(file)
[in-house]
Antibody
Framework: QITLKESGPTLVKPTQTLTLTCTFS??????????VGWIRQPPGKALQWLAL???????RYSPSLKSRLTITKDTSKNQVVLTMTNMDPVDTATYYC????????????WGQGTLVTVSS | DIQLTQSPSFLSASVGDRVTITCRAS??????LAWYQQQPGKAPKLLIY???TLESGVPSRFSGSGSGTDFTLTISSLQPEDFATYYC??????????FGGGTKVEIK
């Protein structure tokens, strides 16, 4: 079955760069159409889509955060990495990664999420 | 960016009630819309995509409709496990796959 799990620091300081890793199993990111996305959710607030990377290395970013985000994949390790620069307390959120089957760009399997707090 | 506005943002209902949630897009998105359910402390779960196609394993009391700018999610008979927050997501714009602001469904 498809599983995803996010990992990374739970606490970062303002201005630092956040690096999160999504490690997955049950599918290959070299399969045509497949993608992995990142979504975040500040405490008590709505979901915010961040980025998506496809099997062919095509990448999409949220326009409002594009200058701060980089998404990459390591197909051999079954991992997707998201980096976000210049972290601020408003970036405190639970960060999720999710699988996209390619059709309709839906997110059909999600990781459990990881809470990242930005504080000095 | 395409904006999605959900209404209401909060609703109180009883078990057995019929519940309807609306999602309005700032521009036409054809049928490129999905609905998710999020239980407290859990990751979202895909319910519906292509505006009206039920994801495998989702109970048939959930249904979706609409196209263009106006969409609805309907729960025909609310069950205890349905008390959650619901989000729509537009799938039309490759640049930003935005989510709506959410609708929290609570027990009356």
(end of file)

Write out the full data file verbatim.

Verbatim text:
[in-house]
Antibody
Framework: QITLKESGPTLVKPTQTLTLTCTFS??????????VGWIRQPPGKALQWLAL???????RYSPSLKSRLTITKDTSKNQVVLTMTNMDPVDTATYYC????????????WGQGTLVTVSS | DIQLTQSPSFLSASVGDRVTITCRAS??????LAWYQQQPGKAPKLLIY???TLESGVPSRFSGSGSGTDFTLTISSLQPEDFATYYC??????????FGGGTKVEIK
């Protein structure tokens, strides 16, 4: 079955760069159409889509955060990495990664999420 | 960016009630819309995509409709496990796959 799990620091300081890793199993990111996305959710607030990377290395970013985000994949390790620069307390959120089957760009399997707090 | 506005943002209902949630897009998105359910402390779960196609394993009391700018999610008979927050997501714009602001469904 498809599983995803996010990992990374739970606490970062303002201005630092956040690096999160999504490690997955049950599918290959070299399969045509497949993608992995990142979504975040500040405490008590709505979901915010961040980025998506496809099997062919095509990448999409949220326009409002594009200058701060980089998404990459390591197909051999079954991992997707998201980096976000210049972290601020408003970036405190639970960060999720999710699988996209390619059709309709839906997110059909999600990781459990990881809470990242930005504080000095 | 395409904006999605959900209404209401909060609703109180009883078990057995019929519940309807609306999602309005700032521009036409054809049928490129999905609905998710999020239980407290859990990751979202895909319910519906292509505006009206039920994801495998989702109970048939959930249904979706609409196209263009106006969409609805309907729960025909609310069950205890349905008390959650619901989000729509537009799938039309490759640049930003935005989510709506959410609708929290609570027990009356």